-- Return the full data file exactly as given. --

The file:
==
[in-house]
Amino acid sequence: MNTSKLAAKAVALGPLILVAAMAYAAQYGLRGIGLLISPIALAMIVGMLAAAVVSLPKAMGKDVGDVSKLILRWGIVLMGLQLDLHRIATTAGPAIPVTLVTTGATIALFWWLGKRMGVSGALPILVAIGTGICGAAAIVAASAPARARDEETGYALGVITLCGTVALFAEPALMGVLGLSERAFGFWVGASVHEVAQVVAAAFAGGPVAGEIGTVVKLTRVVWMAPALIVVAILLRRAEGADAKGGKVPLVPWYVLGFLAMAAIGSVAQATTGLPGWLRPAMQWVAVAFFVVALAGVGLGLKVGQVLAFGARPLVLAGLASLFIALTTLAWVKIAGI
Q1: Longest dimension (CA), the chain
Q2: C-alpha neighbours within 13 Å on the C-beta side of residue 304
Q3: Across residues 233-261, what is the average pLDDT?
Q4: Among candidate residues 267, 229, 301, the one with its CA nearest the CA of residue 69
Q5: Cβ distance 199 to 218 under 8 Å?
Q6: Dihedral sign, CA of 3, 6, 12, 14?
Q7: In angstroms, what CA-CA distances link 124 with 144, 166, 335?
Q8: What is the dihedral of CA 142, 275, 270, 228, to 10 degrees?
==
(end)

[in-house]
Amino acid sequence: MNTSKLAAKAVALGPLILVAAMAYAAQYGLRGIGLLISPIALAMIVGMLAAAVVSLPKAMGKDVGDVSKLILRWGIVLMGLQLDLHRIATTAGPAIPVTLVTTGATIALFWWLGKRMGVSGALPILVAIGTGICGAAAIVAASAPARARDEETGYALGVITLCGTVALFAEPALMGVLGLSERAFGFWVGASVHEVAQVVAAAFAGGPVAGEIGTVVKLTRVVWMAPALIVVAILLRRAEGADAKGGKVPLVPWYVLGFLAMAAIGSVAQATTGLPGWLRPAMQWVAVAFFVVALAGVGLGLKVGQVLAFGARPLVLAGLASLFIALTTLAWVKIAGI
Q1: Longest dimension (CA), the chain
Q2: C-alpha neighbours within 13 Å on the C-beta side of residue 304
Q3: Across residues 233-261, what is the average pLDDT?
Q4: Among candidate residues 267, 229, 301, the one with its CA nearest the CA of residue 69
Q5: Cβ distance 199 to 218 under 8 Å?
Q6: Dihedral sign, CA of 3, 6, 12, 14?
Q7: In angstroms, what CA-CA distances link 124 with 144, 166, 335?
Q8: What is the dihedral of CA 142, 275, 270, 228, to 10 degrees?